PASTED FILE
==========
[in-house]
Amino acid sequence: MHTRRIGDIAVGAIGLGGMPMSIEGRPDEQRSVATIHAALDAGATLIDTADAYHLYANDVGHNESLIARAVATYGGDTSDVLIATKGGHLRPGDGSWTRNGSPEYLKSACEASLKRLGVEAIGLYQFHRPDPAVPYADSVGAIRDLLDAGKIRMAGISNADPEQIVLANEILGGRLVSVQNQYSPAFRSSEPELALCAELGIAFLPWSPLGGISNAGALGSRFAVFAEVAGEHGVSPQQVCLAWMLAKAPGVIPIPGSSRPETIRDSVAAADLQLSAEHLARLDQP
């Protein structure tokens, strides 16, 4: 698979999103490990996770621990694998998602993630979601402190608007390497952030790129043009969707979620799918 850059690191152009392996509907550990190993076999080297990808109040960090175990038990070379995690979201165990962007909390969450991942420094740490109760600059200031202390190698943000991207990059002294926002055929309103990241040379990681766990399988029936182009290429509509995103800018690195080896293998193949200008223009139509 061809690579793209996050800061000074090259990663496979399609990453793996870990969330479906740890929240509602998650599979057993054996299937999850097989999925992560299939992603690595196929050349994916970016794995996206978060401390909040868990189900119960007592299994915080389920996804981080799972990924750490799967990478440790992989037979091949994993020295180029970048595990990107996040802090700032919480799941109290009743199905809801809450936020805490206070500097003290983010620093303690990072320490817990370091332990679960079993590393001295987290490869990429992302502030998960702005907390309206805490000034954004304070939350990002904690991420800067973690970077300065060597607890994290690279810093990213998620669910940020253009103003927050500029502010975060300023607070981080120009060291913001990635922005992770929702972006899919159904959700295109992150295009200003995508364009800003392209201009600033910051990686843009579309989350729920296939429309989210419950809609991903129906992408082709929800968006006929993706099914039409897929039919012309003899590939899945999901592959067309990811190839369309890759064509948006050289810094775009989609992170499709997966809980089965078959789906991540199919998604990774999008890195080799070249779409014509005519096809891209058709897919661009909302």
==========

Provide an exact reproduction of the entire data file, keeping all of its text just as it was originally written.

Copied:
[in-house]
Amino acid sequence: MHTRRIGDIAVGAIGLGGMPMSIEGRPDEQRSVATIHAALDAGATLIDTADAYHLYANDVGHNESLIARAVATYGGDTSDVLIATKGGHLRPGDGSWTRNGSPEYLKSACEASLKRLGVEAIGLYQFHRPDPAVPYADSVGAIRDLLDAGKIRMAGISNADPEQIVLANEILGGRLVSVQNQYSPAFRSSEPELALCAELGIAFLPWSPLGGISNAGALGSRFAVFAEVAGEHGVSPQQVCLAWMLAKAPGVIPIPGSSRPETIRDSVAAADLQLSAEHLARLDQP
């Protein structure tokens, strides 16, 4: 698979999103490990996770621990694998998602993630979601402190608007390497952030790129043009969707979620799918 850059690191152009392996509907550990190993076999080297990808109040960090175990038990070379995690979201165990962007909390969450991942420094740490109760600059200031202390190698943000991207990059002294926002055929309103990241040379990681766990399988029936182009290429509509995103800018690195080896293998193949200008223009139509 061809690579793209996050800061000074090259990663496979399609990453793996870990969330479906740890929240509602998650599979057993054996299937999850097989999925992560299939992603690595196929050349994916970016794995996206978060401390909040868990189900119960007592299994915080389920996804981080799972990924750490799967990478440790992989037979091949994993020295180029970048595990990107996040802090700032919480799941109290009743199905809801809450936020805490206070500097003290983010620093303690990072320490817990370091332990679960079993590393001295987290490869990429992302502030998960702005907390309206805490000034954004304070939350990002904690991420800067973690970077300065060597607890994290690279810093990213998620669910940020253009103003927050500029502010975060300023607070981080120009060291913001990635922005992770929702972006899919159904959700295109992150295009200003995508364009800003392209201009600033910051990686843009579309989350729920296939429309989210419950809609991903129906992408082709929800968006006929993706099914039409897929039919012309003899590939899945999901592959067309990811190839369309890759064509948006050289810094775009989609992170499709997966809980089965078959789906991540199919998604990774999008890195080799070249779409014509005519096809891209058709897919661009909302």